I've been a word person my whole life. At 10 my idea of fun was browsing through Roget's Thesaurus and typing nature poems on my grandmother's pale green Smith-Corona manual. I won spelling bees in grade school. On a high school class trip I talked, embarrassingly, in my sleep: "I want to be a writer—a good writer."

Right now, though, I'm dreaming of cobalt blue and cadmium yellow, and my right index finger is callused where the brush has been. I've just spent five days at a watercolor class in the Berkshire hills of Massachusetts—a little like camp, a little like doing finger paints or drugs. It was group ecstasy without an illegal substance in sight: all 15 of us high on shapes and colors and lines and designs. It was as if my brain, like a train, had suddenly switched tracks.

Letting another part of my psyche come out to play—the intuitive, unworried, messy part—was precisely what the teacher, Ann K. Lindsay, had intended. There I was on the first day, facing a rectangle of thick, pristine paper, armed with an unclouded water bottle and fresh paint, my brush poised, my body in fight-or-flight mode—and she yelled out: "Remember, think kindergarten! Maybe preschool!" I could only laugh, gulp, and go ahead.

Many art classes start with rules and how-tos; Lindsay begins by encouraging her students to trust their instincts and have fun. Interestingly, there is a physiological basis for this approach: The 1960s research of Nobel Prize–winning psychobiologist Roger W. Sperry established that the human brain has a dual nature—the verbal, analytical mode, located in the left hemisphere, and the visual, perceptual mode in the right. Applied to art education, this concept implies a mental shift that's liberating, exhilarating, and, especially at first, seriously awkward. The left hemisphere—rational, survival driven, impatient, hypercritical—is the boss; to gain access to right-brain mode, you have to be cagey.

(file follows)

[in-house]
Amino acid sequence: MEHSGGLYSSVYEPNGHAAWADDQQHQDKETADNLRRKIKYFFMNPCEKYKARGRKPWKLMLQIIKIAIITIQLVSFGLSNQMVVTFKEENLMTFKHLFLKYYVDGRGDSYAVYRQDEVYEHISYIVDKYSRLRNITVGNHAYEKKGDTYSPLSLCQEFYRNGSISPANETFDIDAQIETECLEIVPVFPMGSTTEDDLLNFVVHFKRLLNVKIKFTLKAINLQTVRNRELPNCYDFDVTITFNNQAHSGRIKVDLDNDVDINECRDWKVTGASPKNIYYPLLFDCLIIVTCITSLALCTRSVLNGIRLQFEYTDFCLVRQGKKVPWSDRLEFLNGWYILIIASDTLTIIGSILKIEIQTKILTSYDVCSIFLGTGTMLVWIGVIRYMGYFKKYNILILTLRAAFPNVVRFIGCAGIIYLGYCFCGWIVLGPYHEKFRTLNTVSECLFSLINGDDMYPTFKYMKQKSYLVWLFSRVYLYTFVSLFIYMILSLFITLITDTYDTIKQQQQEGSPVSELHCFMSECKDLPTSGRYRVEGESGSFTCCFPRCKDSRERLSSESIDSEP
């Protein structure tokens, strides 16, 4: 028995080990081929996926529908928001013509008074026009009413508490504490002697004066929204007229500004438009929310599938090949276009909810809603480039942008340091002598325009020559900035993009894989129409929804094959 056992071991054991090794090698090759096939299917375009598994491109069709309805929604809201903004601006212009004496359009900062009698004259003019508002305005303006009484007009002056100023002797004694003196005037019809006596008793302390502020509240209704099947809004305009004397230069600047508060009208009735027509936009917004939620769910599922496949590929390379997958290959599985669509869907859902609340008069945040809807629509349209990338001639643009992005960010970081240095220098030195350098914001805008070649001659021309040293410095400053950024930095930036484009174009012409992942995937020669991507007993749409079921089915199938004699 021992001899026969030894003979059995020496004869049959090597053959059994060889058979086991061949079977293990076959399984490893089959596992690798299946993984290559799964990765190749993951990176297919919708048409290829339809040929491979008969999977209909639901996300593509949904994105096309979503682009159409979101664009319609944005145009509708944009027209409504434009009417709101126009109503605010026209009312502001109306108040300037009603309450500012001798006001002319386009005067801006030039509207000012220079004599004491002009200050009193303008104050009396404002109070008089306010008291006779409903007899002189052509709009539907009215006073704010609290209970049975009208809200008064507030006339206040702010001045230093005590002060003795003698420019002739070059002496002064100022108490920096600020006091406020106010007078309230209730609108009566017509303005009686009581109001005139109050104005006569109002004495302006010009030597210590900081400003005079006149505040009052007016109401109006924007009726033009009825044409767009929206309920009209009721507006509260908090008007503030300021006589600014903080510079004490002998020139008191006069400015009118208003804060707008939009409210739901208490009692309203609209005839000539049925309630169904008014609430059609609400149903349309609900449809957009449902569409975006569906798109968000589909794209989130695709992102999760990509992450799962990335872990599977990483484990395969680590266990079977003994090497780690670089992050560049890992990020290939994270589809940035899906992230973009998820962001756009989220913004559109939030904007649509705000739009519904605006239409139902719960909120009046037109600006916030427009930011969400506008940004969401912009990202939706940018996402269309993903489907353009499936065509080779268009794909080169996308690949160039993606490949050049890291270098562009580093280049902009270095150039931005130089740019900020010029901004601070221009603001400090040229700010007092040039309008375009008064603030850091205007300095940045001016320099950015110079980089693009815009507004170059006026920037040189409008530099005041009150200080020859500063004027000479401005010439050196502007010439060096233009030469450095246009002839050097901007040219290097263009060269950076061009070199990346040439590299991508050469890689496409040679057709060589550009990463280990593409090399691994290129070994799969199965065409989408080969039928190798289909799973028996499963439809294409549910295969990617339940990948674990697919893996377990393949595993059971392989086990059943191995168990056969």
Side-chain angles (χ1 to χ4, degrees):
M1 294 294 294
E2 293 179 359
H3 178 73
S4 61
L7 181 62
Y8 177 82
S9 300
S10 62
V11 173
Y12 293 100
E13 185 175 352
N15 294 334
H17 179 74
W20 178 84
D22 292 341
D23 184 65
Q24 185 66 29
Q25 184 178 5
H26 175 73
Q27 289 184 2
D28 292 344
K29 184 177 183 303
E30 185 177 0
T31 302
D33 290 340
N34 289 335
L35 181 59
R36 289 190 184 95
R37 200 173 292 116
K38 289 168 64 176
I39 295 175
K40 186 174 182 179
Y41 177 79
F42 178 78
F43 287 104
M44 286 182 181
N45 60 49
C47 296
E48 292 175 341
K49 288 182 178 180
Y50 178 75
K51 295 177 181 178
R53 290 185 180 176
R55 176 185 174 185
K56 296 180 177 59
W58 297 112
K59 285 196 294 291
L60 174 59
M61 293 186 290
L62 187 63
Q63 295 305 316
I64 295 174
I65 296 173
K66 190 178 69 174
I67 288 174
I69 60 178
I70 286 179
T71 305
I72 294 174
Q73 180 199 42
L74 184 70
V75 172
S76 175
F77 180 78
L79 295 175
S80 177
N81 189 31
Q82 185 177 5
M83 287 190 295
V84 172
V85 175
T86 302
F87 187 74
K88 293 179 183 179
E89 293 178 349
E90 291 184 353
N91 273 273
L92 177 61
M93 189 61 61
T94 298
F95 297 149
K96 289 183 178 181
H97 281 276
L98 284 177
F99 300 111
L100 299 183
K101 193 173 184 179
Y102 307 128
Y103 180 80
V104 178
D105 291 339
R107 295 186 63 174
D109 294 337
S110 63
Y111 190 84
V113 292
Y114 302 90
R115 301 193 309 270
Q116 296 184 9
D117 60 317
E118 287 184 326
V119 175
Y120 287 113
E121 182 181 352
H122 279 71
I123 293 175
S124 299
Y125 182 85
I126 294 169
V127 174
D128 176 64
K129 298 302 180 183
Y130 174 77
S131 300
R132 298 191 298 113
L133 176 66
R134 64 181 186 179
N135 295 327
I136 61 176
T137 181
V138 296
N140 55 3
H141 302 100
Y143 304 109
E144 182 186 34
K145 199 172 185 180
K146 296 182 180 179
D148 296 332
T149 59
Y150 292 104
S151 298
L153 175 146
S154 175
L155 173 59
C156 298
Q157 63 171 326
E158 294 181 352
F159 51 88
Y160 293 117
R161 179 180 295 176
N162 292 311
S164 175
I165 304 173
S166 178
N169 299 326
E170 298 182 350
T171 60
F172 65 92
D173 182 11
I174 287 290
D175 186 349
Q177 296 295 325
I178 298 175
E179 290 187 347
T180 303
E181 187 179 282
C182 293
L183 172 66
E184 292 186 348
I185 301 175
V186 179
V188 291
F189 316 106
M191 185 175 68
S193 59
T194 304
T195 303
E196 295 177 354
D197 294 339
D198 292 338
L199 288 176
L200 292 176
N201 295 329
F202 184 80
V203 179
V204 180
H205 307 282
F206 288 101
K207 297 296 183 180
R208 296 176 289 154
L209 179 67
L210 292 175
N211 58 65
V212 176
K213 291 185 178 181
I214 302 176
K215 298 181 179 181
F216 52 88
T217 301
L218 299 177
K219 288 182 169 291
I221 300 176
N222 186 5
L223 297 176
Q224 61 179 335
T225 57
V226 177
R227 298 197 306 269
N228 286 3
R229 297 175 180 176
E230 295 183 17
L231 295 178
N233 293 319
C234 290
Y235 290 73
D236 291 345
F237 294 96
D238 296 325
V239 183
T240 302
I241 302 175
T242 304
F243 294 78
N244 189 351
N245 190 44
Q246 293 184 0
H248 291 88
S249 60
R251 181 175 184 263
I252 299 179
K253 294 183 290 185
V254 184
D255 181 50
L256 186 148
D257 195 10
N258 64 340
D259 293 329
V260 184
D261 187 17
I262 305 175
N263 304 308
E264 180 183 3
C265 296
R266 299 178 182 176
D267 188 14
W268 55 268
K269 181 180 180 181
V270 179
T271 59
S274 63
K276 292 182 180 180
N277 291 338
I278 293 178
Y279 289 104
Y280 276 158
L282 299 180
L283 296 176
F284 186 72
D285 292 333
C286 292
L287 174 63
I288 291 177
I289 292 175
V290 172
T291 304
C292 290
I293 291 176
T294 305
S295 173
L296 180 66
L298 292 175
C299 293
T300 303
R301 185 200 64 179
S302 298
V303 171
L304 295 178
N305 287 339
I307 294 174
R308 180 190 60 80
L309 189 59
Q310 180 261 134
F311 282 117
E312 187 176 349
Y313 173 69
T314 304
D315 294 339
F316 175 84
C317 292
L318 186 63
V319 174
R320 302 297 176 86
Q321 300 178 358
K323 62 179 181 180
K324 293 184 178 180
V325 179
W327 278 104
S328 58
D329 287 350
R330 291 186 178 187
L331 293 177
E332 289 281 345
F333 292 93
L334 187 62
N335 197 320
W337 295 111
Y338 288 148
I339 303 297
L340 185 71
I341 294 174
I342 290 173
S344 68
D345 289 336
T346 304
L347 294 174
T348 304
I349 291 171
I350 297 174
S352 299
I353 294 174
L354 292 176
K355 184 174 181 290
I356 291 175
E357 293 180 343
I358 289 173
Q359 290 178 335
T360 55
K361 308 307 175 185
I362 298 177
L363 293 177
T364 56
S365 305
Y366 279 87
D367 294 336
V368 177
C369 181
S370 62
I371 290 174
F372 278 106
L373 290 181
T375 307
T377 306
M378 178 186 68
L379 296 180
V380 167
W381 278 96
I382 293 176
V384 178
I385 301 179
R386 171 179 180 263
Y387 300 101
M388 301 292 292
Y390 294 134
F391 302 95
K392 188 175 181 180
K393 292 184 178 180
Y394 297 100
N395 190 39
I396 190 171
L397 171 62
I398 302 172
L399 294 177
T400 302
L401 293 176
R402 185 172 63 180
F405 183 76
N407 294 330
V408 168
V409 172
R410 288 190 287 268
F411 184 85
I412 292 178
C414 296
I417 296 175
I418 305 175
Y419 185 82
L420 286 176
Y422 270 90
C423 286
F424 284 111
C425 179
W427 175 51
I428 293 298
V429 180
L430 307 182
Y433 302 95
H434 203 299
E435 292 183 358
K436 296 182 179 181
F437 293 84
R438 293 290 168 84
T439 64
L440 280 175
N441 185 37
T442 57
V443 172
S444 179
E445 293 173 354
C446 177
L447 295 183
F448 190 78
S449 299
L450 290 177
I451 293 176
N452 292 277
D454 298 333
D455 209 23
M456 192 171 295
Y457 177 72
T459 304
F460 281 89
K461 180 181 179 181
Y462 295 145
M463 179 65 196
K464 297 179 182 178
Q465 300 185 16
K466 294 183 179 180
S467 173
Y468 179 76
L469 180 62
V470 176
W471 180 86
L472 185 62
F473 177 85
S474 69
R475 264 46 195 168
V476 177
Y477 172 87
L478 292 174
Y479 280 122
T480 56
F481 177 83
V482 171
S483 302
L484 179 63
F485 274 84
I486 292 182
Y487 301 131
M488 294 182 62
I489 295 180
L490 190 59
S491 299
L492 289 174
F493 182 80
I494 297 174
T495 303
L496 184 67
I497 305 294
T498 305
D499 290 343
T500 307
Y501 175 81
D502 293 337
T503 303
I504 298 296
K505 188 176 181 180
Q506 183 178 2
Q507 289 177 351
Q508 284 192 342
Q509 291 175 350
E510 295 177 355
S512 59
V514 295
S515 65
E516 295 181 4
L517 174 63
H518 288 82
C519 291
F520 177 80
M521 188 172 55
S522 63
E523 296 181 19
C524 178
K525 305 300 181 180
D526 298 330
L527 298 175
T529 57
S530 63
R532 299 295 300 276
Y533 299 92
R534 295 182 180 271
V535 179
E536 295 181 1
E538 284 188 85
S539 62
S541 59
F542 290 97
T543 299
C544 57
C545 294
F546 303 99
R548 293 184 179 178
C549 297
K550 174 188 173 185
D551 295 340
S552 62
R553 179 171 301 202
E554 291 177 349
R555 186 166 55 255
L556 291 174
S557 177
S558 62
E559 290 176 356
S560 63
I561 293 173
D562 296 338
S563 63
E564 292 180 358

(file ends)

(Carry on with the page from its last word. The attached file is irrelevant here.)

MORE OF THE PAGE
The literary persona that patrols my psyche hadn't exactly put out the welcome mat for a different way of thinking. ("Fuzzy," it muttered. "No standards.") Painting was my way of sneaking into the right brain through a side door. Technical perfection and aesthetic judgments were not what this course was about. Whatever awful daubs I produced, nobody would call me a washout.

Notice how I slam myself in that last sentence. Saying that something is bad ("awful daubs") is the left brain's way of protecting and defending us, according to Lindsay—but, like an overprotective parent, it can be inhibiting. She urged us to stop calling ourselves names. She urged us to splash and spatter, literally to color outside the lines. "How much paint should I start with?" I asked as we began. "A lot!" said Lindsay. "First one to use up a whole tube gets a prize! And if you like something your neighbor is doing, try it. None of this 'no copying' stuff." She is the grade-school teacher we all should have had.

First we just wallowed in color, doing free-form paintings that used only two of the three primaries (red, blue, yellow) at a time, experimenting with wet paper (the paint blossoms and/or runs) and dry (more control). I found myself weirdly averse to red and yellow, crazy about red and blue, fond of swooping, rounded forms. I also found myself in a kind of ecstasy.

This is not to say that all fear and judgment instantly fled. Years of museumgoing and exposure to unnaturally perfect computer-generated graphics have made our artistic expectations cruelly high. But watercolor is forgiving, a medium of drips and bleeds and happy accidents; it is also blessedly low-tech. "Let yourselves be little kids here," Lindsay said. "You'll grow in your own way."


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